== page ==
That's the thing that's Well, first, that's quite a mission. And I wish that I had found you years ago when I was experiencing burnout myself. But if you could transform the life of even 100 people in your area. I wonder what that would do for the world? What do you think? How would that impact the world just touching on just those few people

Susi Vine:

and giving themselves permission to put themselves first, right? And what I think about is the impact on their partner and their children because it isn't just the stress that we feel but it's the way that it lands in our relationships. And so it's not simply and that really lands with me like I've got I've got little spirit tingles, like yes, I want that, you know, and as we mentioned in another conversation, you know, when we create these podcast episodes and share messages, you know, one thing might land with one person and come back to them at the right point or shift their perspective on something powerful, but it's such a gift and I to be able to have that kind of impact but certainly working one on one and helping People move through the process and shift their perspective and recognize that they're worth coming first, that they're worth telling everybody else to hold on to wait a minute I need to take care of myself right now is like, it's extraordinary. I think we're addressing a lot of generational stuff and empowering younger people to start out so far ahead of where we are having to learn this lesson at this stage of our lives and changing careers and going through that recovery process.

Candy Motzek:

It makes me think of like, why has Society decided that stress is acceptable? Yeah, like, I know that there is us stress, which is good stress that encourages us to grow and all that. But so when I say stress is acceptable, really, what I'm meaning is that distress is acceptable and even revered in our society. Why do you think that's happened?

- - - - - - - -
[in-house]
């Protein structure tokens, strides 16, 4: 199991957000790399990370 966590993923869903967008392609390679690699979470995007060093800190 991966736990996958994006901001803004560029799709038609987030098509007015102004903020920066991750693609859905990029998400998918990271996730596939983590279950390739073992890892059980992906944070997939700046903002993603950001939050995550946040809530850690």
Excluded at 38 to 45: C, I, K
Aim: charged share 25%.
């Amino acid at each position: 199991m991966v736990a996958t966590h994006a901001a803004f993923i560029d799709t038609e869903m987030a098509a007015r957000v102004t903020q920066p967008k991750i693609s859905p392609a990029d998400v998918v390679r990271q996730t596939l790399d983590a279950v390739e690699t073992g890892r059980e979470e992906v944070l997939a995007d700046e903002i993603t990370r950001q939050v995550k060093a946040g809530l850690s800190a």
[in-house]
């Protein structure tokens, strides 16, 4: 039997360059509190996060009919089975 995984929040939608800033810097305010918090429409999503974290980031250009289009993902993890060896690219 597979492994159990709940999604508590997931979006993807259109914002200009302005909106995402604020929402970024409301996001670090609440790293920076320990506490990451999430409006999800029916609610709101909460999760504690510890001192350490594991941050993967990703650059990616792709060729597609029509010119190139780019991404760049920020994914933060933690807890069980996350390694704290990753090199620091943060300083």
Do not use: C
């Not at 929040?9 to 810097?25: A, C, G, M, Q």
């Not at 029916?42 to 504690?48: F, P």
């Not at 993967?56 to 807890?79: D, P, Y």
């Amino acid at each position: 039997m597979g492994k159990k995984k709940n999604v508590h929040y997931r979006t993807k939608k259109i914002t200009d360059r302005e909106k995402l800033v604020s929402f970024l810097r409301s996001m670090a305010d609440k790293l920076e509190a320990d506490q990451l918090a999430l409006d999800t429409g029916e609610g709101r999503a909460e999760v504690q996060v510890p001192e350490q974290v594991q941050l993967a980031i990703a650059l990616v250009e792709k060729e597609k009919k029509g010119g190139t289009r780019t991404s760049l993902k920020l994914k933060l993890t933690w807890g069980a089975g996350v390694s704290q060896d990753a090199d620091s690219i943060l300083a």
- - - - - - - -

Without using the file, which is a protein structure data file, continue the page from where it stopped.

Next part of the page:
Susi Vine:

Yeah, and thank you for, for that clarification. Because there is good stress, and there's a more empowered approach to stress, you know, it doesn't always need to be debilitating. But you're so right. You know, we've gotten into this culture, this western lifestyle, where stress is like a badge of honor how few hours of sleep we got, you know, how many days we've eaten lunch at the desk, and not gotten up, and that sort of thing. And, and we revere getting into the zone, so the time falls away, but then we don't stand up, we don't move around, we don't even breathe when we're working on the computer, we tend to hold our breath. And I think it's kind of, uh, you know, our biological reaction to stress is super simple. And it has served a purpose. But our lifestyles have changed. And now everything brings us stress. And I think there was a time when we had to work hard in order to do everything that needed to be done. But technology has taken so much of that off our plate. But we've it's kind of been ingrained that we have to work hard. Even though we don't have to, we can put that down and take advantage of technology, we can take advantage of systems that lighten that load, but it's still a point of pride or you have to do good work, right, it all comes back to that work, and then proving ourselves and feeling that we have value. Because it's really a big, it's a thing that I see a lot of people struggle with. And I definitely have struggled with it and continue to work through the process of how recognizing our inherent value without seeing it reflected back from someone else. Right. And I became aware of it. I haven't raised my own children, I have a stepdaughter. But when people talk about the way you talk with your children, and instead of telling little kids Good job, you know, have other ways of affirming what they've done. You were very creative, you gave that a lot of thought, what did you learn in the process? Because even at that young age, as toddlers, we're telling kids work hard, do good work, do good work. And it's a huge shift that we have to make.